Upon arriving at Lost City, climb more than 1,000 stone steps to the top of the site for incredible views of the surrounding mountains and jungle. Take time to explore the more than 250 stone terraces that were carved out of the mountainside, each of which was a space for living and working. The different areas of the city were joined to the fields by a network of cobbled paths and stairs, and an irrigation system channels rainwater downhill to avoid damage and erosion.
Members of local tribes, including the Arhuacos, Koguis, and others, continue to maintain many of their ancestral beliefs and customs. They visited the site regularly before it was widely discovered, and gave it the name Teyuna. This trek takes you through some of their villages where life has remained unchanged for centuries.
Ruins, reefs, mangroves, and beaches make up the 37,000-acre Tayrona National Park, one of Colombia’s most popular ecotourism destinations. Visit to hike along the coast, relax on the beaches, snorkel among the coral reefs, or simply disconnect from daily life.
The final resting place of South American liberator Simón Bolívar, the 17th-century Quinta de San Pedro Alejandrino is now a historical landmark, museum, gallery, and botanical garden containing over 200 works of contemporary South American art. See where Bolívar took his last breath, marvel over antique artefacts, wander the expansive gardens, and admire artworks from the countries that Bolívar liberated.
On the edge of Tayrona National Natural Park and the northern coast of Colombia, Crystal Beach(Playa Cristal) is one of the most picturesque white sand beaches in South America. Its clear turquoise waters provide ideal conditions for swimming and snorkeling. Many come to relax on the soft sand shaded by coconut palms or to eat fresh seafood caught right off the shore. It is also a great base for exploring the Tayrona National Park, one of Colombia’s most important protected ecological areas, for the day.
Marine life in the waters off Crystal Beach(Playa Cristal) includes sea turtles, dolphins, and several species of fish. Even without spotting one these creatures, the coral and sponges of the reef provide colorful underwater scenes. The Caribbean reefs offshore also attract those seeking scuba diving and other water sports.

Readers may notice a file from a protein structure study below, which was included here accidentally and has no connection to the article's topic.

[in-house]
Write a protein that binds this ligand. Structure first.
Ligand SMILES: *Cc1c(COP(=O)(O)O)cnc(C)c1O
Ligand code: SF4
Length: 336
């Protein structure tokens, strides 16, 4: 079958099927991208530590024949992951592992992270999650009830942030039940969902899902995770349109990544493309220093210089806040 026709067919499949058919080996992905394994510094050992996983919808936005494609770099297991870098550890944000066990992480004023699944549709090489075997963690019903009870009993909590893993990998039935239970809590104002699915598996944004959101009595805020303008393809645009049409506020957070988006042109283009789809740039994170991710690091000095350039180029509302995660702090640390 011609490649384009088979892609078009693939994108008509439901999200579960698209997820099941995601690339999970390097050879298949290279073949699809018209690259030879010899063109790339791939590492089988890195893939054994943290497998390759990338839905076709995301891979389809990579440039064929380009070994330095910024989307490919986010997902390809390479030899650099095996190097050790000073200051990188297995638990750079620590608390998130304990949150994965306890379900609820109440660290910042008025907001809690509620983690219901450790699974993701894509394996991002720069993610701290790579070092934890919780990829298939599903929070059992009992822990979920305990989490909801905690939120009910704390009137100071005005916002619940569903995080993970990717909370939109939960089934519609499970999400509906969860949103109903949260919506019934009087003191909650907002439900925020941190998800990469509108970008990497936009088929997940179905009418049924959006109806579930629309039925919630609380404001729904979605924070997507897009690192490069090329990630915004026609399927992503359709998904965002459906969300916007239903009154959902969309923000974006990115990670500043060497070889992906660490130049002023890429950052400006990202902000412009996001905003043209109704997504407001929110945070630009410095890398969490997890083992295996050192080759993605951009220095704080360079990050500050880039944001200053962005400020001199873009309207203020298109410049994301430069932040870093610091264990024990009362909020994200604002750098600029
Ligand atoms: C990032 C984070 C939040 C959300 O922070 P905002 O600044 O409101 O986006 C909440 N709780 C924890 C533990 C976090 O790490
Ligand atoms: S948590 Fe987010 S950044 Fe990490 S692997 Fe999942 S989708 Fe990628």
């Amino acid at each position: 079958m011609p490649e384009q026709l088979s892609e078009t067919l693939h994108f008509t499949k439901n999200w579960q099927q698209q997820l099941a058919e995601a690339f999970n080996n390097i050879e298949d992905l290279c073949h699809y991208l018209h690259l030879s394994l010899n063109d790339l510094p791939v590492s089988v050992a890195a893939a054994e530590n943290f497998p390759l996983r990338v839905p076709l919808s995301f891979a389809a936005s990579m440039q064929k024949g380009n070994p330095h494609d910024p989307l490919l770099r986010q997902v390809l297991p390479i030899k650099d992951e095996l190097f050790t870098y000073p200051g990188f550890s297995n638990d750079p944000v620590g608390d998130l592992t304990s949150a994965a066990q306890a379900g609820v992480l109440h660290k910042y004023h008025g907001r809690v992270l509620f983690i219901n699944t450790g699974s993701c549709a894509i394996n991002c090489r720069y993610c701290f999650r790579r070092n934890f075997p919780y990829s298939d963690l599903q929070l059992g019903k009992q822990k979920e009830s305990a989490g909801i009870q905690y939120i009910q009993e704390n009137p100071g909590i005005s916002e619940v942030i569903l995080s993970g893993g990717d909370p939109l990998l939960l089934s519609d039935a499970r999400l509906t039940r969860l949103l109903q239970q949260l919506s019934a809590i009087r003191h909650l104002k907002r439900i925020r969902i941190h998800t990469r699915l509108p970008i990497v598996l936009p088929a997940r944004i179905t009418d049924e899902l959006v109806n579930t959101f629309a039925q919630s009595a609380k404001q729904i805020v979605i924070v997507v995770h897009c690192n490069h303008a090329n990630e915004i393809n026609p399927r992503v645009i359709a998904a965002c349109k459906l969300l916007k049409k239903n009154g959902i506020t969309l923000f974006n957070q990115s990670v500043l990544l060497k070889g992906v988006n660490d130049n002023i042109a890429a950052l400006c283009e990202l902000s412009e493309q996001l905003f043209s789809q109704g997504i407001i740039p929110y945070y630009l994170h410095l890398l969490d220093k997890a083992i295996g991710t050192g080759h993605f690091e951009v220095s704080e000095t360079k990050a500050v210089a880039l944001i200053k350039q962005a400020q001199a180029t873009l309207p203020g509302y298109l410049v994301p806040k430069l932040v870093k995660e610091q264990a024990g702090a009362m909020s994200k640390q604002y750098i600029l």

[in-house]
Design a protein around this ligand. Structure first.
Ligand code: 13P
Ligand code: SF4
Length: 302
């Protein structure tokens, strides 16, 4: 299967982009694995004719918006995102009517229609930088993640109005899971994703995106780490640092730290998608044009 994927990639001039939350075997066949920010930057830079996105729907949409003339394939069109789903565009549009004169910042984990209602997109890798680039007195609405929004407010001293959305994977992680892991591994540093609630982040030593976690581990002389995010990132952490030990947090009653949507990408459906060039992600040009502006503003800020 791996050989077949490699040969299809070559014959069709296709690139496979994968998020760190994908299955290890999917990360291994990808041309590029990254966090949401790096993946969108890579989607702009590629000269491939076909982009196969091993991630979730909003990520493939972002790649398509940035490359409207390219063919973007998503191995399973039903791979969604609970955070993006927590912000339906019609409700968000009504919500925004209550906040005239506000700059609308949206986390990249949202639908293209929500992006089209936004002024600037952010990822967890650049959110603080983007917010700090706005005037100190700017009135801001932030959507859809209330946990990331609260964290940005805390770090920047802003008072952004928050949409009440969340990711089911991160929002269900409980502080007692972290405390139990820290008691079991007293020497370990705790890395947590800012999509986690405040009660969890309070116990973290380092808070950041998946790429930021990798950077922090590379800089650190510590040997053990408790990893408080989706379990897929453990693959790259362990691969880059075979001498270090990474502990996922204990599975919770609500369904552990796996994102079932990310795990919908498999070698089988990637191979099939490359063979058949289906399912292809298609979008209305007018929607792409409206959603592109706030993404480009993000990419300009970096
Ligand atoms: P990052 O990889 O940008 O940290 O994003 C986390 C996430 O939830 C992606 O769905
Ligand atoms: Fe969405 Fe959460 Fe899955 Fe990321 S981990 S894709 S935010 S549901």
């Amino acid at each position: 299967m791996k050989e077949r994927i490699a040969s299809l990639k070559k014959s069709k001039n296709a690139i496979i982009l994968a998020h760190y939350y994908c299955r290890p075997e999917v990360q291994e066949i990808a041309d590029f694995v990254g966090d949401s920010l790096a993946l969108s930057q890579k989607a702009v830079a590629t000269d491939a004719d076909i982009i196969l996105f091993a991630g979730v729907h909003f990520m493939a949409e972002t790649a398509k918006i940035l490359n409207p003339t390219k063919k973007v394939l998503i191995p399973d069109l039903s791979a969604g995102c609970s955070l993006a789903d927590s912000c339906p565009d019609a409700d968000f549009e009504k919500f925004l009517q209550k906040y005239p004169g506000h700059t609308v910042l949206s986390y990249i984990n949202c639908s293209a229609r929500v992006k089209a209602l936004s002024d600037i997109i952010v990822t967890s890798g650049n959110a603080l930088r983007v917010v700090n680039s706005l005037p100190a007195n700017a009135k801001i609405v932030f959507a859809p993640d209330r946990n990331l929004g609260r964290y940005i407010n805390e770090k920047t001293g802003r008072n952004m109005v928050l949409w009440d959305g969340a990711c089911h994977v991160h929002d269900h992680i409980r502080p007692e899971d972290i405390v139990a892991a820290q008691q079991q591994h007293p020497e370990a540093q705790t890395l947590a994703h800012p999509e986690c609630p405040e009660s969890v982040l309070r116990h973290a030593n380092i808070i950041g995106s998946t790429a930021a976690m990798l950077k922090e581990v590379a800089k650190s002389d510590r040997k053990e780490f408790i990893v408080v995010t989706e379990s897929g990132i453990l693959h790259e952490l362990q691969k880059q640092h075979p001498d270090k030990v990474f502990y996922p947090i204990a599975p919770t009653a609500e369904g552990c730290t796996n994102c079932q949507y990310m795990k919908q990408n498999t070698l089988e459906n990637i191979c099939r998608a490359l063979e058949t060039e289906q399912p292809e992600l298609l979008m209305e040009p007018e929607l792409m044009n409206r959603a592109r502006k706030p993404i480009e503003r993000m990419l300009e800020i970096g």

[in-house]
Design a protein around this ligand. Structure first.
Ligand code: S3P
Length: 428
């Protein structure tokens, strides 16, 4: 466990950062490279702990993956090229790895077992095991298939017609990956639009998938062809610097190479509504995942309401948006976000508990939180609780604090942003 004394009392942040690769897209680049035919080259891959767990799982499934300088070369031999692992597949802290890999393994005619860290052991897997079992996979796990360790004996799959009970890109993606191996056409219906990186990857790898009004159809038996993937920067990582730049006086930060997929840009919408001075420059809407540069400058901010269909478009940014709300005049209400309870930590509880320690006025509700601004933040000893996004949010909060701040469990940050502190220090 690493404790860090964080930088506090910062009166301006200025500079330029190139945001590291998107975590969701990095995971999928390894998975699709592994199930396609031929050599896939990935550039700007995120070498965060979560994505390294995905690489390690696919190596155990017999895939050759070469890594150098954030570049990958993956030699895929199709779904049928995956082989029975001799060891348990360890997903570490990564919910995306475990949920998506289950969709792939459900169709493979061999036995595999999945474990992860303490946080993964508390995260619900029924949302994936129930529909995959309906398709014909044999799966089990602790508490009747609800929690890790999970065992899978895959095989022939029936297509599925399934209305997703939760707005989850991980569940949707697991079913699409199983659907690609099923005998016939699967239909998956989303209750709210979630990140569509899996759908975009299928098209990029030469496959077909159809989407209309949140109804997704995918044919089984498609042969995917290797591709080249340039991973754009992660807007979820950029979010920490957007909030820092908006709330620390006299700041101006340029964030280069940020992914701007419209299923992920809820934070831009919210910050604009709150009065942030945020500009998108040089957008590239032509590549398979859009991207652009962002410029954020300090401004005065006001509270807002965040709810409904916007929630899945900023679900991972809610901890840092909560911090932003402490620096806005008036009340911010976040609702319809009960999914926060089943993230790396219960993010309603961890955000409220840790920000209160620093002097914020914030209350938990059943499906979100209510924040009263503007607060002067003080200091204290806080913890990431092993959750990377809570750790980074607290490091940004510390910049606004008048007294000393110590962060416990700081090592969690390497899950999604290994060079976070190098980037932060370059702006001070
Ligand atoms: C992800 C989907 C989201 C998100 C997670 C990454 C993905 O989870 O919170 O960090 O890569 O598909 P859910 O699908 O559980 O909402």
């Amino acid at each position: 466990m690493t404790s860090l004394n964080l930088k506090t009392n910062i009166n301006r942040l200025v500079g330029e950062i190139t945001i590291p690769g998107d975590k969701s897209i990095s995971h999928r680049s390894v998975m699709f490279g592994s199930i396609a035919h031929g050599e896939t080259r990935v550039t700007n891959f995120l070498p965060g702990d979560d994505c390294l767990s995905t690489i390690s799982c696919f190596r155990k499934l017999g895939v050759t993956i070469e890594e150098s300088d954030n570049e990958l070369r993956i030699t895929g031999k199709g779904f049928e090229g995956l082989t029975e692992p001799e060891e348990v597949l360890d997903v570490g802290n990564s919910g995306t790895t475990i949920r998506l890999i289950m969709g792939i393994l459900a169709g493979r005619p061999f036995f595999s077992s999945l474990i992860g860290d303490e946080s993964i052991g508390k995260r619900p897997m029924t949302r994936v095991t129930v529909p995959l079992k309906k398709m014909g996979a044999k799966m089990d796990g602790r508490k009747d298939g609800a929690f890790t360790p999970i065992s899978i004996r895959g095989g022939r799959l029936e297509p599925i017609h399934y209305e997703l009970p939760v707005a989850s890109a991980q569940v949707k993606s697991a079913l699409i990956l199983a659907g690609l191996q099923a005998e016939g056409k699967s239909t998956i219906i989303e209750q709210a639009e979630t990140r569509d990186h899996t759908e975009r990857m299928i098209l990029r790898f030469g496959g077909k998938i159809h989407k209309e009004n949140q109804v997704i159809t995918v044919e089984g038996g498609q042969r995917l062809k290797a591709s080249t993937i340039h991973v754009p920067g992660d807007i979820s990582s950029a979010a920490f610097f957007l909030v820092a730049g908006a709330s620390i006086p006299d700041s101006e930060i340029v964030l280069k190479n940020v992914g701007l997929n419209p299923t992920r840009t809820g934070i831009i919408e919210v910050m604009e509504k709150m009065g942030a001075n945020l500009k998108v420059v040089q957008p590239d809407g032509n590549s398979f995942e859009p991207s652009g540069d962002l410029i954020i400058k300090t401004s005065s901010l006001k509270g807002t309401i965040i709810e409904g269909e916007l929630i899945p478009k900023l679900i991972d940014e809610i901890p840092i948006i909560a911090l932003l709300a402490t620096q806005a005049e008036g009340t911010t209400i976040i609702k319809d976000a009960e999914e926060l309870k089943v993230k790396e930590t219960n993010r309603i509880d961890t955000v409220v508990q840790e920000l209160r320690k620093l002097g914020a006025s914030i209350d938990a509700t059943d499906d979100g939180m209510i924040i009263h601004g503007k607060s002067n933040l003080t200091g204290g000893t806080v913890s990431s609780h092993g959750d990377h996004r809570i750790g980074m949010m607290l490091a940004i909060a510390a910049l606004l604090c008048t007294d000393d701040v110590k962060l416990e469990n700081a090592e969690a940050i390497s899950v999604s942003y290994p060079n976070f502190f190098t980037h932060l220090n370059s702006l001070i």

Housed in the restored 16th-century former Customs House—itself one of the oldest buildings in the Americas—the Tayrona Gold Museum (Museo del Oro Tairona) offers an insight into the region’s history. Admire a vast collection of pre-Columbian gold and pottery, while learning about the indigenous Tairona people.
Just off the coast of northern Colombia, the Sierra Nevada de Santa Marta National Park is home to a wealth of endangered flora and fauna as well as the world’s highest coastal peak. Dominated by mountains and popular among hikers, this UNESCO-recognized national park is home to bird reserves, archaeological ruins, and indigenous villages.
Former Colombian football player Carlos El PibeValderrama is known for his athletic ability and his outgoing personality, and this 22-foot-tall bronze statue of him in his hometown conveys both qualities. He is known as “El Pibe” or “the kid” and for his blond curly head of hair. His distinct personality has made him one of the most recognizable figures in football worldwide. Part of the Colombian national team in the 1990s, he represented Colombia in several international tournaments and became known for his skills in passing and accuracy in assisting. He is one of few foreign players who joined Major League Soccer in the United States.
His statue is the work of Colombian artist Amilkar Ariza, standing tall outside the Estadio Eduardo Santos in Santa Marta. It was erected in 2006 in honor of his contributions to Colombian national sports.
Backed by verdant mountains and lined with swaying palms, Playa Blanca is a tropical paradise situated just outside of Santa Marta. Go for a swim in the calm waters, enjoy a fresh seafood lunch, and relax under a thatched roof palapa for a quieter alternative to El Rodadero Beach.